Boeing’s C-17 on budget chopping block again

Reuters has this report that the FY2011 defense budget once again proposes chopping the Boeing C-17 from procurement.

The C-17 has been cut from several successive budgets, with Boeing and its supporters able to override this in Congressional earmarks.

We believe the Pentagon is in error for its repeated attempts to cut the C-17 procurement. With two wars and now the Haitian humanitarian effort straining the C-17 fleet, it is inevitable that more of these aircraft will be needed sooner than later. We support continued effort on the part of Boeing to maintain this production line and sell this aircraft to the USAF.

10 Comments on “Boeing’s C-17 on budget chopping block again

  1. Just because the USAF didn’t put the C-17 in its budget doesn’t meant they don’t want any more. Would you put something in your budget if you knew that you would still get it even if you left it out?

  2. Scott – I agree it makes sense to continue trickle acquisiton of the C-17.
    All the non-recurrings and infrastructure are long since paid for so you’re only buying the aircraft themselves now, early build aircraft are starting to tire and can be laid up at AMARG before they’re totally knackered, and at the same time the US Govt would be supporting the last remaining large military aircraft production line in the US!

  3. Scott I also agree with you about continued funding for the C-17. Luckily, Congress and most of the USAF brass also agree, for exactly the reasons you cited. With the White House getting that huge black eye from the citizens of the former Peoples Republic of Massachusetts, perhaps they’ll get the hint on this program as well. I also believe that export orders will increase substantially with continued A400M problems.

  4. The real decision made be made in Euroland . . . if they kill off the A400 then the demand for the plane might not be dependent on the USAF.

  5. C-17 production will suffer reduction to the absolute minimum (only to prevent it from dying completely).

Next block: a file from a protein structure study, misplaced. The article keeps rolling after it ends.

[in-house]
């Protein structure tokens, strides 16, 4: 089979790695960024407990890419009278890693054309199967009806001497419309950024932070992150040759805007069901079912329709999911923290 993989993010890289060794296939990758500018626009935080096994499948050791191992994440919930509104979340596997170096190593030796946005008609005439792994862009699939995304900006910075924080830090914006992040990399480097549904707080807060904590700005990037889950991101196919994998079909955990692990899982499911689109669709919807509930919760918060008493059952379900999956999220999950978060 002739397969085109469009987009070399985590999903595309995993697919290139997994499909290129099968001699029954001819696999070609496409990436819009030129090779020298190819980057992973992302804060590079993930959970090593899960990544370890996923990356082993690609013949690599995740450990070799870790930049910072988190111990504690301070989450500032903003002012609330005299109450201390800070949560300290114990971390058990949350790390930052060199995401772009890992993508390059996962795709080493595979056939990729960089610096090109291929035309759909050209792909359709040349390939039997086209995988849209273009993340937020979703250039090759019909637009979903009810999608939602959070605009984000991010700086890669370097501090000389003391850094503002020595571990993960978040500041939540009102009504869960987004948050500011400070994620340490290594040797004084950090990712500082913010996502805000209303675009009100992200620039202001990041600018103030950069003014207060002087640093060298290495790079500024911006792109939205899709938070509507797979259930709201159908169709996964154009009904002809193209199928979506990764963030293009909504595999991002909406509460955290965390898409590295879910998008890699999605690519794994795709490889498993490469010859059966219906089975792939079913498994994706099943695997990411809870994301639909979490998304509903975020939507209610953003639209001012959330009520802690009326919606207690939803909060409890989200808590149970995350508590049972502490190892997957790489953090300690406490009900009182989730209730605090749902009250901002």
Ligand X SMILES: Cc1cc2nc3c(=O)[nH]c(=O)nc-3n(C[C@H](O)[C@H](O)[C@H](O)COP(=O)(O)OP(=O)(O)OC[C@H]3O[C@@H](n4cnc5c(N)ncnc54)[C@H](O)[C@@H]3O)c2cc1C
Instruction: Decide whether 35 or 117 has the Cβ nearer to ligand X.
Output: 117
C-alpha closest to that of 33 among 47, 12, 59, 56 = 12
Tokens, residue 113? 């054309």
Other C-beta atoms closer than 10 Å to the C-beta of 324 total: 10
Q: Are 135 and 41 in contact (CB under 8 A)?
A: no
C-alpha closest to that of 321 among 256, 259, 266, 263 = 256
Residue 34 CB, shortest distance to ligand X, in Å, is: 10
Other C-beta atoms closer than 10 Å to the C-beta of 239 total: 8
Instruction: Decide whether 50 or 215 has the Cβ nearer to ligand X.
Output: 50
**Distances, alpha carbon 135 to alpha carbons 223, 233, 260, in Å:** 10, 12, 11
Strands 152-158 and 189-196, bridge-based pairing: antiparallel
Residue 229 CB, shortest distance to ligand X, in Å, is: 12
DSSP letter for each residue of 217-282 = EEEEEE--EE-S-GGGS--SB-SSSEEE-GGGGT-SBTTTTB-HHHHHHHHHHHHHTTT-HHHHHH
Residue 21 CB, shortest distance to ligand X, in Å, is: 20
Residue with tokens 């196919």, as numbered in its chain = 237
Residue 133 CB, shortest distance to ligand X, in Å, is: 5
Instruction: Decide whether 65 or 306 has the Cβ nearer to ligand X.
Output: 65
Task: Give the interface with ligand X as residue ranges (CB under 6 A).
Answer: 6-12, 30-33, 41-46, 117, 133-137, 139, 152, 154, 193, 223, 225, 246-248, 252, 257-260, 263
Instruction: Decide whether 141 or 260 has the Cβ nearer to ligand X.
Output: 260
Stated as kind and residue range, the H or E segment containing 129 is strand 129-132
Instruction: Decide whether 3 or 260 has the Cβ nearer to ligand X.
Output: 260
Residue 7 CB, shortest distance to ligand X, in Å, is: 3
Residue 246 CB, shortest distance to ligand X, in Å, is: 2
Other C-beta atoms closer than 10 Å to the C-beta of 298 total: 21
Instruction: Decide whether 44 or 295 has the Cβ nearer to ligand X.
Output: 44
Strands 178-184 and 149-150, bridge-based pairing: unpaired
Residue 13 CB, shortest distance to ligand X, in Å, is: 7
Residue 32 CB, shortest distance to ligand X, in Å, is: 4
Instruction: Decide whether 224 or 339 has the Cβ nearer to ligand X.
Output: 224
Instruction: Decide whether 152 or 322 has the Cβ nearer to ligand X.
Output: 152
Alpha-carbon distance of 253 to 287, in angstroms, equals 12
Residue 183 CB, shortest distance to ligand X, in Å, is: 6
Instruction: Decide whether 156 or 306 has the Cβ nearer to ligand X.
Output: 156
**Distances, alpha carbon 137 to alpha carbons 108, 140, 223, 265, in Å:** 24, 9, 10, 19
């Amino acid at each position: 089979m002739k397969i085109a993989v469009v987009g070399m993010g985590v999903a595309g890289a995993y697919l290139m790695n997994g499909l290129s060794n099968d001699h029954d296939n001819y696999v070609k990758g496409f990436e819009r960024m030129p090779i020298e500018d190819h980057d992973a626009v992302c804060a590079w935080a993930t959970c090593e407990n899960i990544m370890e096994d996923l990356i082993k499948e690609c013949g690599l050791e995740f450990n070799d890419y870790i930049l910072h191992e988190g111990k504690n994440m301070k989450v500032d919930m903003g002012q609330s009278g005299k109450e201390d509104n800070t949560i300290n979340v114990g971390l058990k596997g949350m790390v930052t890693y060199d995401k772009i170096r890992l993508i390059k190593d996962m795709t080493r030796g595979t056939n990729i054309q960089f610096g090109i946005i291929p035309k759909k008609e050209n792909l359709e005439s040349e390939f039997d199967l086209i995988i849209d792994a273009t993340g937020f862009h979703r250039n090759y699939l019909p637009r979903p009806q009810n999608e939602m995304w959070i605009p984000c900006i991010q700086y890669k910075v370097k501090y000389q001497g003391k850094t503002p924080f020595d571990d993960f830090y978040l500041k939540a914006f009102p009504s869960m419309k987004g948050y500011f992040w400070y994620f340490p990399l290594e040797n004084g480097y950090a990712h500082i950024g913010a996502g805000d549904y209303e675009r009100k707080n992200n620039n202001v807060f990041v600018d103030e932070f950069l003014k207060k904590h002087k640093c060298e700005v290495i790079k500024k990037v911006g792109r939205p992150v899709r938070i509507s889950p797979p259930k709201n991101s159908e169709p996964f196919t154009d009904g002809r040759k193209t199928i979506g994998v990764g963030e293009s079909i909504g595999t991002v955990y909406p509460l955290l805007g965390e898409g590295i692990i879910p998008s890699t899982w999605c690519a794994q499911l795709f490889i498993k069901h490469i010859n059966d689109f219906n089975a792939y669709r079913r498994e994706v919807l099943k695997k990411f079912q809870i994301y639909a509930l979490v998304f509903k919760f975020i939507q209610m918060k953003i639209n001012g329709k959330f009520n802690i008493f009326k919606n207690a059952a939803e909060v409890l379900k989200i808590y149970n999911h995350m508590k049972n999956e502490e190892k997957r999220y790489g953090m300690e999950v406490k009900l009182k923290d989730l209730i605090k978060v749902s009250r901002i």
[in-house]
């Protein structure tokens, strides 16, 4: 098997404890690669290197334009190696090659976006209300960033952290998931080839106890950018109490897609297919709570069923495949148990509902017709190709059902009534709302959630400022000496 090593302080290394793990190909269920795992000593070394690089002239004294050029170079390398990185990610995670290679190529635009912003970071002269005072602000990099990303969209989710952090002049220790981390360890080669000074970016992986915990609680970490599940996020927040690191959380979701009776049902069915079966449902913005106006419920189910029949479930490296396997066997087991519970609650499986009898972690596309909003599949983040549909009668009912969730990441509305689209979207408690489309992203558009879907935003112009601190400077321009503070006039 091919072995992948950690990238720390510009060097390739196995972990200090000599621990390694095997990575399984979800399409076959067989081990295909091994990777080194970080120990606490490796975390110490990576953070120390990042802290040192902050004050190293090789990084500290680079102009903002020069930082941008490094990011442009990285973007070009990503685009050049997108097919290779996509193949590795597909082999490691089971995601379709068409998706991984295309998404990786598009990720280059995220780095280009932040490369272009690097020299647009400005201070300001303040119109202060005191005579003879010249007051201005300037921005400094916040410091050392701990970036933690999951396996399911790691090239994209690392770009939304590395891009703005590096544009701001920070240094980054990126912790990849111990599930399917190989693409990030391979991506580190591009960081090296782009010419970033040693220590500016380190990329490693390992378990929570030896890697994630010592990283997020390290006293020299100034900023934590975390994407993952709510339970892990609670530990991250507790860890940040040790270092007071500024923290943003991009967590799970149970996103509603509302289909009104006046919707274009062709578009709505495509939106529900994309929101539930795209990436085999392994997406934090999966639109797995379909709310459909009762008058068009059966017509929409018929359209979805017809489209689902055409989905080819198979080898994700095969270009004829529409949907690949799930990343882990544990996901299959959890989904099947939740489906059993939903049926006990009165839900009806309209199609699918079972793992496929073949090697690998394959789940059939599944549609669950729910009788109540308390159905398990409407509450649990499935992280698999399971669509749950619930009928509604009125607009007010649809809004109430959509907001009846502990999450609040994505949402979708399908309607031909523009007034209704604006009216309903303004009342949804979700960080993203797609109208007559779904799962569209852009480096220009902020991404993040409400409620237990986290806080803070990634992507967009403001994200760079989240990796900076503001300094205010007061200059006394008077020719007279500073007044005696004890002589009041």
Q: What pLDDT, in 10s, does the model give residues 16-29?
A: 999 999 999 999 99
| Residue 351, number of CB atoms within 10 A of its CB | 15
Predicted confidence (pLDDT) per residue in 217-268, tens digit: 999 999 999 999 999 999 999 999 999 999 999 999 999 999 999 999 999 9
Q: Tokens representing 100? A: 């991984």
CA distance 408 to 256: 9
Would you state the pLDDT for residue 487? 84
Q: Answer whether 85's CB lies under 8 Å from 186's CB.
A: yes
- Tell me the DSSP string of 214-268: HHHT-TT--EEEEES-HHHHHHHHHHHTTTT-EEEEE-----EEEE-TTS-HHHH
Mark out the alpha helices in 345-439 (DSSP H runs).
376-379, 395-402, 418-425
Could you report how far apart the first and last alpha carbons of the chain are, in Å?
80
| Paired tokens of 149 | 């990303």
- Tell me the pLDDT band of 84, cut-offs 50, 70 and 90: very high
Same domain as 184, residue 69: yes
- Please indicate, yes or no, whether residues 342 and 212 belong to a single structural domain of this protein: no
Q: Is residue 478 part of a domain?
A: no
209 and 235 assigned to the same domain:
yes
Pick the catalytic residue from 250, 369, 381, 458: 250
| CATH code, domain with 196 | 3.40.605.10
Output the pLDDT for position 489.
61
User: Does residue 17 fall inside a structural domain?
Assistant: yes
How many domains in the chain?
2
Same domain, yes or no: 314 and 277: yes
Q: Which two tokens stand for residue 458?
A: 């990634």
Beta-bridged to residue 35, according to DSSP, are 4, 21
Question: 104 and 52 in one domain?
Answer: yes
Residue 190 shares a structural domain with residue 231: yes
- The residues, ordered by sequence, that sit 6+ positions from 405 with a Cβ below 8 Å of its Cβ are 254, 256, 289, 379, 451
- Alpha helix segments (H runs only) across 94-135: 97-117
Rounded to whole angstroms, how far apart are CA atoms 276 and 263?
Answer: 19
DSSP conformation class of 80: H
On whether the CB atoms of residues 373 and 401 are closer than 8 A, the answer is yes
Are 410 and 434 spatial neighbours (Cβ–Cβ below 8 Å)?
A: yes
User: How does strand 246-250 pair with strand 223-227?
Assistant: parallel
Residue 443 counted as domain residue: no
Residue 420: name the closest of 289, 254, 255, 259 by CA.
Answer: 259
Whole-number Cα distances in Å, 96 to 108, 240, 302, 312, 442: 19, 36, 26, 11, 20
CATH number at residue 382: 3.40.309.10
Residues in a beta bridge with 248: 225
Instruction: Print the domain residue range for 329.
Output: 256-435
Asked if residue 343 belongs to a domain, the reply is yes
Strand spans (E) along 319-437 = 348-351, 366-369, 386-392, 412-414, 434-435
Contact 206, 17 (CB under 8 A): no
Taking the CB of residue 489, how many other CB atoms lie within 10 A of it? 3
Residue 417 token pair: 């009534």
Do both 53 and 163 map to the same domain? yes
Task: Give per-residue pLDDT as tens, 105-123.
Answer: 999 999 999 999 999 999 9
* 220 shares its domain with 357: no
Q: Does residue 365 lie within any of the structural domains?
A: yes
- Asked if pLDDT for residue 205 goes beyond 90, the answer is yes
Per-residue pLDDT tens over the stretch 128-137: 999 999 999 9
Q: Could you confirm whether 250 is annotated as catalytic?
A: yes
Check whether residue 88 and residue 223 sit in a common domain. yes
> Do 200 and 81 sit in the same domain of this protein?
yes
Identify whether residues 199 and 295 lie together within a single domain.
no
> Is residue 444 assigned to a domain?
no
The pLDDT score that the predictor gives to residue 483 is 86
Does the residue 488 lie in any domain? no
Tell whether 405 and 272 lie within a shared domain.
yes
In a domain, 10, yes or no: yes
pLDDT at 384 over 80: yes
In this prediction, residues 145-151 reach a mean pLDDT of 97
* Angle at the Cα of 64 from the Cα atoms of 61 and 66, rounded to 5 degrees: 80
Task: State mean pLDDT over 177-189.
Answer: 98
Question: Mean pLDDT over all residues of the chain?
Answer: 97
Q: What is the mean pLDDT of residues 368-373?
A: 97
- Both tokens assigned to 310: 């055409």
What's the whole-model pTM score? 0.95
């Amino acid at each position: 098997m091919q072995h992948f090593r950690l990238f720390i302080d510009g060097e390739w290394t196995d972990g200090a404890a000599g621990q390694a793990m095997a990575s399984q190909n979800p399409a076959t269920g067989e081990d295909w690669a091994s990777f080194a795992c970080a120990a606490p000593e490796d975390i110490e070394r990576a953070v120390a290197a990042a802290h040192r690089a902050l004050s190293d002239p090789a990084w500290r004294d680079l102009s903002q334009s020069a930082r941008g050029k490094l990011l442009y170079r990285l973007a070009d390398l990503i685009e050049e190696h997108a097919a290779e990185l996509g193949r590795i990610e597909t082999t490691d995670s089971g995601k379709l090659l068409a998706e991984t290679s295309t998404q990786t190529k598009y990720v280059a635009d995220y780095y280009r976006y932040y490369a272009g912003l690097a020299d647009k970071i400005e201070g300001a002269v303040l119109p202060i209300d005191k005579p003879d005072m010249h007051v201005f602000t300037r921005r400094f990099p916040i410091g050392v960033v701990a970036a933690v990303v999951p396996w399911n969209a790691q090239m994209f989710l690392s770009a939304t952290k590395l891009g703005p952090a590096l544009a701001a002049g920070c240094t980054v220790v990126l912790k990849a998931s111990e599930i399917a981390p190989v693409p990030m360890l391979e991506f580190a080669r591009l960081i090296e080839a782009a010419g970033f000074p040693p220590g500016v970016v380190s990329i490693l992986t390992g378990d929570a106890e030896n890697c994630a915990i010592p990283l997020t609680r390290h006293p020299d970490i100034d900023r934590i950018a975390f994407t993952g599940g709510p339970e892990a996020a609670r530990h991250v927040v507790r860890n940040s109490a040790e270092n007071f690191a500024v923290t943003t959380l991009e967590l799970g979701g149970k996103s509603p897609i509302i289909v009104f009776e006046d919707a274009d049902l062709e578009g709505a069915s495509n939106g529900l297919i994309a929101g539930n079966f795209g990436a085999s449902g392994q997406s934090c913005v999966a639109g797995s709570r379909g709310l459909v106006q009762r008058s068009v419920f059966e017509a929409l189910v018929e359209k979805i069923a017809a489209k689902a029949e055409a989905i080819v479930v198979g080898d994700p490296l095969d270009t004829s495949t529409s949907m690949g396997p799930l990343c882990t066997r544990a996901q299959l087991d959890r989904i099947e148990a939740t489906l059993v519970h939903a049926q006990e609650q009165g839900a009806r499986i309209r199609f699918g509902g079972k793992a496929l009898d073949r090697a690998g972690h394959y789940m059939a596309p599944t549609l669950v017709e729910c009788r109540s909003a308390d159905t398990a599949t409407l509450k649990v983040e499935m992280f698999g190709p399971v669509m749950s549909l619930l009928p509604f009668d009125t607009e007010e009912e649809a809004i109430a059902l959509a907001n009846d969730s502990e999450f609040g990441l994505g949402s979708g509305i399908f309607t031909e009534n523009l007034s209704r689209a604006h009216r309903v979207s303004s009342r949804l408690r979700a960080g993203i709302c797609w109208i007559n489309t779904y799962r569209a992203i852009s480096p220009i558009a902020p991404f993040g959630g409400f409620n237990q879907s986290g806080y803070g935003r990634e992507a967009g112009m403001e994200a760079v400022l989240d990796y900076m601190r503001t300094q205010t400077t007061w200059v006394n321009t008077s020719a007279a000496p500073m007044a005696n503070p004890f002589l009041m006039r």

747-8F + I production will be killed in one or two years from now, but only after incurring heavy losses. The 747-8 program will never be profitable. The 747-8I didn’t meet market needs from the start, and now also the F version is going to lose its market. There are lots of 747-4 retiring now from the passenger service, and airlines will chose to sell them cheap to freight carriers instead of parking them in the desert. Freight carriers will convert them into freight aircraft. Thus, demand for the 747-8F will even be too low to pay for its development costs.
    Rigor mortis has already set in for the 747-8 program and we are now seated next to the ring to observe its decease.

  6. The entire 747-8 program has a backlog of 108 aircraft as compared to 177 for the A380. This is over 60% of the A380 total for a program that costs about 1/10th of what the A380 costs. The 747 production base was amortized a long time ago. The much more costly A380 is likely to disappear before the 747-8 given the dismal economics of the VLA market. There is only room for a very cheap low cost airplane in this market. Can the the A380 make money being produced at a rate of 1 to 1.5 a month? Boeing seems to feel the 747-8 can but the A380l, never!

    • Apparently, the R&D expenses for the 747-8F/I is “comfortably” exceeding the 4 billion USD mark. Boeing last year booked a USD 685 million charge for the 747-8 program, acknowledging the company will lose at least that much in producing the aircraft based on its current projection of firm sales. This comes atop of the aforementioned R&D expense. So, it’s safe to assume that the 748 programme real costs are closer to one fourth that of the “programme” costs for the A380. Finally, the “belief” that the A380 “is likely to disappear before the 748” is merely wishful thinking. 😉

  7. Dear John,
    You made some points worth considering, but this one is outright wrong: “The much more costly A380 is likely to disappear before the 747-8 given the dismal economics of the VLA market.”

    Airlines do not decide for/against buying an aircraft by reading its price tag. They calculate the approximate cost per passenger/container unit mile over the entire service life of an aircraft, which is also containing the fuel, maintenance and running costs.
    Those calculations are freely available and I recommend you fetch your calculator and compare the 747-8I and the A380 along their respective costs in this regard.

  8. Dear Evin,

    Airlines do not decide on whether or not to continue producing an aircraft. Boeing and Airbus do. The point was that Boeing could likely make a profit of a lower production rate than Airbus could, you are more than free to dispute this point, but I wasn’t saying CASM determines everything. Also, you are ignoring the fact that the 747-8 owns the freighter market. Another factor to consider is residual value of an aircraft. After 20 years of service the residual value of an A380 is nil, there is no market for A380 freighters, the market for 747 freighter’s is quite healthy. Also, cost per passenger/container mile vary greatly depending on the aircraft is configured. The 747-8 beats the A380 decisively in the container costs per mile. However, it may suffer when compared in passenger costs a little, but again that is only assuming that an A380 is configured for around 550 pax which few are. In real world service who has the better numbers? There really is no definitive answer on this.

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